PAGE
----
Endurance Test Rules

 The following information has been extracted from the rules currently on the ANKC website.  The complete rules document can be dowloaded here direct from the ANKC website.

Purpose of the Endurance Test
The Endurance Test is to ascertain the dog's ability to work after being subject to a certain degree of physical strain without showing signs of undue stress or lack of constitution.
Due to the dog's physical structure, such a test can only consist of a dog travelling at a suitable pace for a performance of some lengthy duration, which, it is known places an increasing load not only on its internal organs, such as the heart and lungs, but on many other aspects of the dog's physical structure and temperamental characteristics.
The effortless accomplishment of such a test shall be the evidence as to the physical fitness of the dog.
What dogs can enter
The Endurance Test shall be open to all dogs eligible for inclusion in the Register of the Control in which the event is conducted.
The test is open to dogs aged between two (2) and under eight (8) years but must not have reached the birth date of eight.
The dog must wear a fixed collar or suitable harness. No neck chains, slip collars, spiked collars, muzzles or head control collars shall be permitted.
The leash must be long enough to be held in either hand so that the dog may adjust itself to the cyclist or runner. The dog shall travel at a suitable pace on the leash on the left hand side of the handler or bicycle.
The handler may jog the distance, ride a bicycle or use any other form of non motorised mechanical vehicle with the dog, provided the required speed is maintained. Motor cycles or cars will not be permitted. Should the handler ride a bicycle, a helmet must be worn. The Springer device for attachment to a bicycle is not permitted.
No protective clothing shall be worn by the dog.
Some guidance about things during the Test
There is a willingness test before and after the 20km and is to consist of heeling forward a short distance, followed by a right about turn and continued heeling for a short distance before coming to a halt. It is not necessary for the dog to sit. The dog must show a willingness to remain with and obey the handler. The heeling is to be followed by a short recall, on or off the lead. The judge shall keep in mind that this is a test of the dog's willingness to work and to obey the handler, not an obedience test. The standard of the work after the 20 kms must be similar to that before the start of the test. If the dog works on or off the lead for the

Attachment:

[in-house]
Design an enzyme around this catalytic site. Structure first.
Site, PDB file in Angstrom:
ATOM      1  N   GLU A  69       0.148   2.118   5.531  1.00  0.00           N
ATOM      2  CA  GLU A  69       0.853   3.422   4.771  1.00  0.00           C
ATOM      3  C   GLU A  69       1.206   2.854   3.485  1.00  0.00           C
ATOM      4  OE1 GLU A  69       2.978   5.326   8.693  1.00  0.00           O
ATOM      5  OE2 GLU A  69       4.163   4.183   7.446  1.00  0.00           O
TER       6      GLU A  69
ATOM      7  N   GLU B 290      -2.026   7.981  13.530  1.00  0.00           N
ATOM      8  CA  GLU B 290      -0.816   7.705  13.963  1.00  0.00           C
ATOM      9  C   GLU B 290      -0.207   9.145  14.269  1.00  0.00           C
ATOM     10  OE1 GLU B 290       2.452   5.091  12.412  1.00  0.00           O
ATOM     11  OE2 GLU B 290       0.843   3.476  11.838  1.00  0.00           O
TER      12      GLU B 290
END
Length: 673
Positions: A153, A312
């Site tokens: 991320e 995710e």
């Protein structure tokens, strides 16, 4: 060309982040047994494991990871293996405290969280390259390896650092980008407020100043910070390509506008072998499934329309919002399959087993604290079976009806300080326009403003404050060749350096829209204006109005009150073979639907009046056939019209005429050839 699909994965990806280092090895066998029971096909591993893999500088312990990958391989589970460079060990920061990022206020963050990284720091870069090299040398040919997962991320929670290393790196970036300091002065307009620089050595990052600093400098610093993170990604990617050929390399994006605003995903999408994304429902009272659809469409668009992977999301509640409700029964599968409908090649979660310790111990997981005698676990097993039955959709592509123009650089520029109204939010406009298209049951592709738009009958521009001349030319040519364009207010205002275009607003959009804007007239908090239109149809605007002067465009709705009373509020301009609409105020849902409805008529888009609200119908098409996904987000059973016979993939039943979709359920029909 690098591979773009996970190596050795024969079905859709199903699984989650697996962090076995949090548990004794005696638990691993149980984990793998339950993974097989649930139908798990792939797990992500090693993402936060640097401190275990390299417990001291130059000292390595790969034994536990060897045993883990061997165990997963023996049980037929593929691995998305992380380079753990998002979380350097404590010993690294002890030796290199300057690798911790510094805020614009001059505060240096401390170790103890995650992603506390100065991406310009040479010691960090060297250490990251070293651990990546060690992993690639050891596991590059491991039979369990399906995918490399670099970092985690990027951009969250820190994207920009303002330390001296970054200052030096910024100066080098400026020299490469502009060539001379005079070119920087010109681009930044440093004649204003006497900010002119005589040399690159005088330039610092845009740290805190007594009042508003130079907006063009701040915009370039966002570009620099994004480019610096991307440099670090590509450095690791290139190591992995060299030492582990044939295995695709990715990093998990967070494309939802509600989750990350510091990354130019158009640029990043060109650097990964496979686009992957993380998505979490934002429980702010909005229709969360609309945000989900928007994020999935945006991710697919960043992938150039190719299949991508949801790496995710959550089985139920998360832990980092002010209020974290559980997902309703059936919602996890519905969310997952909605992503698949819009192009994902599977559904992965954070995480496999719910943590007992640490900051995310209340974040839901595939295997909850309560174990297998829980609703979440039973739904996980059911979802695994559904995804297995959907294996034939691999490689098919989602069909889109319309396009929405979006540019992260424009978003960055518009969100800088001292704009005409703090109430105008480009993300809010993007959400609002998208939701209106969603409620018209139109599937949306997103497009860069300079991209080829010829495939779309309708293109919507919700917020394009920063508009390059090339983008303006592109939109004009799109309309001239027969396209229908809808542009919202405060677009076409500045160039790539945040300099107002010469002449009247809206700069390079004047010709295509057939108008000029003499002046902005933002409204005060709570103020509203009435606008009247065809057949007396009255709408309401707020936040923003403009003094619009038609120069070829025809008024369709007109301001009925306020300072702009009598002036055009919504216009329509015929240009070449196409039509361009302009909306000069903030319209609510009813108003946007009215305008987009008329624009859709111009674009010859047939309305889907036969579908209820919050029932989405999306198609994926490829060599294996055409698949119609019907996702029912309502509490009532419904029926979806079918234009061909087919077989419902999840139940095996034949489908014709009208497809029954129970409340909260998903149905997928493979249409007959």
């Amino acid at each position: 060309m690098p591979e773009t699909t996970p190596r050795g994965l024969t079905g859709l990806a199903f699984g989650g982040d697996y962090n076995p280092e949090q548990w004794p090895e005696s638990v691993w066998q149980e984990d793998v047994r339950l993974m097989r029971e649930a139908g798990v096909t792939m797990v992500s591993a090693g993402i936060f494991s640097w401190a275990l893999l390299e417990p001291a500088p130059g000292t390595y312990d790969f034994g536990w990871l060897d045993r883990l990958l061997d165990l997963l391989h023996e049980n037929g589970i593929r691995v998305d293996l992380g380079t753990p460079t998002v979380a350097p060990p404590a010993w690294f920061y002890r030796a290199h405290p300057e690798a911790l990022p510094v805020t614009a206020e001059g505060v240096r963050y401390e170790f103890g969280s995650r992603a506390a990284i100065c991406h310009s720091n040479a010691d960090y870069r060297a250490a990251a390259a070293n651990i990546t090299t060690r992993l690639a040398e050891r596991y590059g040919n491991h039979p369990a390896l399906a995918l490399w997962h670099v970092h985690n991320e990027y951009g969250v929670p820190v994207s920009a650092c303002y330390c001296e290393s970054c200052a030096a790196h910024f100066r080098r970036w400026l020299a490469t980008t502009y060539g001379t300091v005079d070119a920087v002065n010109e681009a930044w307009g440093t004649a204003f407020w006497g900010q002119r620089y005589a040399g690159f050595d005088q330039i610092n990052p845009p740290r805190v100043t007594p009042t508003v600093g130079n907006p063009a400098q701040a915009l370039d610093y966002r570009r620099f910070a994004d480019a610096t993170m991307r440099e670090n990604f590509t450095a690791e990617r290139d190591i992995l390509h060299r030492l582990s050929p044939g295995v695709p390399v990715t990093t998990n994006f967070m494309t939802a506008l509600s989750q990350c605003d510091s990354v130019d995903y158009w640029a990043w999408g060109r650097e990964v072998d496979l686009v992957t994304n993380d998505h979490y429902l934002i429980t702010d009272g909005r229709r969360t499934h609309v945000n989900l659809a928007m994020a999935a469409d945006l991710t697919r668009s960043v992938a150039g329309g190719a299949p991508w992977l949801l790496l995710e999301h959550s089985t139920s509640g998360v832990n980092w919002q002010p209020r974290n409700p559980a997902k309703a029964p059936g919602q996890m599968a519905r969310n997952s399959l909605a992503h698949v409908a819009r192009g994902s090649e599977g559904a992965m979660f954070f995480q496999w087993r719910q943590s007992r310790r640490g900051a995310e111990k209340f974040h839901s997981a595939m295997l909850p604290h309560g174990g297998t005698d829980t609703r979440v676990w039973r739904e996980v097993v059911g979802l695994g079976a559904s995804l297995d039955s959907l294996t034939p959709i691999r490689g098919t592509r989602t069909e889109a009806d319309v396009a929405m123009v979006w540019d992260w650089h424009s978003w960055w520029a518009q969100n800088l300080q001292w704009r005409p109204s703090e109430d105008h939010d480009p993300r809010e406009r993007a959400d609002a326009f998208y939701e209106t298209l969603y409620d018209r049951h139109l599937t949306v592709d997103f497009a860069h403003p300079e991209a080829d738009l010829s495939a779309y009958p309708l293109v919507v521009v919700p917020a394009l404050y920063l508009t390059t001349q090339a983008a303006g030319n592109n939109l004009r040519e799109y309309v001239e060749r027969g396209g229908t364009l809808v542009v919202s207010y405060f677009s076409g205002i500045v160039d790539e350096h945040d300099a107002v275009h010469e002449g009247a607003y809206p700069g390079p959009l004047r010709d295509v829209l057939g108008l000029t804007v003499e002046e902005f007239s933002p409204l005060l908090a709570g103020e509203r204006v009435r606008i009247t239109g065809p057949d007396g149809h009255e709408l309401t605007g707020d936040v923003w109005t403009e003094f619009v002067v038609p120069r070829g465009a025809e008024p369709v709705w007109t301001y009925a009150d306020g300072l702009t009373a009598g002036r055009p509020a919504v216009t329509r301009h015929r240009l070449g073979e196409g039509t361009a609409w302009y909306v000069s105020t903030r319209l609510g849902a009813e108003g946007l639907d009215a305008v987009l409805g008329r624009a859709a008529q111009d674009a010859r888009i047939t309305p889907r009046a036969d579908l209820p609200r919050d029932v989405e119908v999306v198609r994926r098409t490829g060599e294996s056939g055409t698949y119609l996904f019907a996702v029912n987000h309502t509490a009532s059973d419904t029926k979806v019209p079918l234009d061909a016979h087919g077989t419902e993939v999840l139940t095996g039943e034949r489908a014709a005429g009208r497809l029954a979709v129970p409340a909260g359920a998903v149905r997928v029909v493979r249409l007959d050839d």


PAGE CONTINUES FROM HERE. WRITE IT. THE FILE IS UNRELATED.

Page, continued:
Willingness test prior to the 20 kms, it is to be the same for the second Willingness test.
The dog is permitted to pull slightly but continued lagging will incur disqualification
If the climatic temperature reaches 24°C. the test is to be cancelled, regardless of what stage the test has reached.
What surface is the Test conducted on
The test shall be carried out over three varying surfaces such as bitumen, unsealed roads, dirt tracks, grass etc, such that the total distance of the course shall be twenty (20 kms).

There shall be four (4) veterinary checks - before starting the Willingness test then after the completion of each leg. All exhibits shall be examined by the veterinary surgeon and/or veterinary team, covering such things as the general fitness, temperature, standing heart rate, condition of the pads. (Each bitch must be examined at the first check to ensure that she is not in season).